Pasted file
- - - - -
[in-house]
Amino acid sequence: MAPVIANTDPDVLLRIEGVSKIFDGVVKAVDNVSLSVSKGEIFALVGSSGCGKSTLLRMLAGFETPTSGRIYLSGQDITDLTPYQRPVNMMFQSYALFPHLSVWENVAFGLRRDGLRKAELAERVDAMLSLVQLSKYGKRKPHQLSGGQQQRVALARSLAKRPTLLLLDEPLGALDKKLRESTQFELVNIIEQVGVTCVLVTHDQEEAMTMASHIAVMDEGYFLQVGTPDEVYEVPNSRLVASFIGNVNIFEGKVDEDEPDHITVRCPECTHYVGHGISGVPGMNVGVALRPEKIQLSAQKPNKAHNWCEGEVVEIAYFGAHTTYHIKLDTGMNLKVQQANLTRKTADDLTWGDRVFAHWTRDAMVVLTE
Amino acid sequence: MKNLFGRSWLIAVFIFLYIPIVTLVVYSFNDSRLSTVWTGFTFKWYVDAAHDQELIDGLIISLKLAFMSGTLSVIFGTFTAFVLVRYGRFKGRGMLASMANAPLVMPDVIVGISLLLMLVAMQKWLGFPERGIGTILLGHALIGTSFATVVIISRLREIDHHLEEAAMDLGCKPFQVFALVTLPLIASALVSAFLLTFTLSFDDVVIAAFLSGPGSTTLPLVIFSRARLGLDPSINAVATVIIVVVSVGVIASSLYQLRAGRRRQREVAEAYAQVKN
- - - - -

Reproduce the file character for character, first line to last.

[in-house]
Amino acid sequence: MAPVIANTDPDVLLRIEGVSKIFDGVVKAVDNVSLSVSKGEIFALVGSSGCGKSTLLRMLAGFETPTSGRIYLSGQDITDLTPYQRPVNMMFQSYALFPHLSVWENVAFGLRRDGLRKAELAERVDAMLSLVQLSKYGKRKPHQLSGGQQQRVALARSLAKRPTLLLLDEPLGALDKKLRESTQFELVNIIEQVGVTCVLVTHDQEEAMTMASHIAVMDEGYFLQVGTPDEVYEVPNSRLVASFIGNVNIFEGKVDEDEPDHITVRCPECTHYVGHGISGVPGMNVGVALRPEKIQLSAQKPNKAHNWCEGEVVEIAYFGAHTTYHIKLDTGMNLKVQQANLTRKTADDLTWGDRVFAHWTRDAMVVLTE
Amino acid sequence: MKNLFGRSWLIAVFIFLYIPIVTLVVYSFNDSRLSTVWTGFTFKWYVDAAHDQELIDGLIISLKLAFMSGTLSVIFGTFTAFVLVRYGRFKGRGMLASMANAPLVMPDVIVGISLLLMLVAMQKWLGFPERGIGTILLGHALIGTSFATVVIISRLREIDHHLEEAAMDLGCKPFQVFALVTLPLIASALVSAFLLTFTLSFDDVVIAAFLSGPGSTTLPLVIFSRARLGLDPSINAVATVIIVVVSVGVIASSLYQLRAGRRRQREVAEAYAQVKN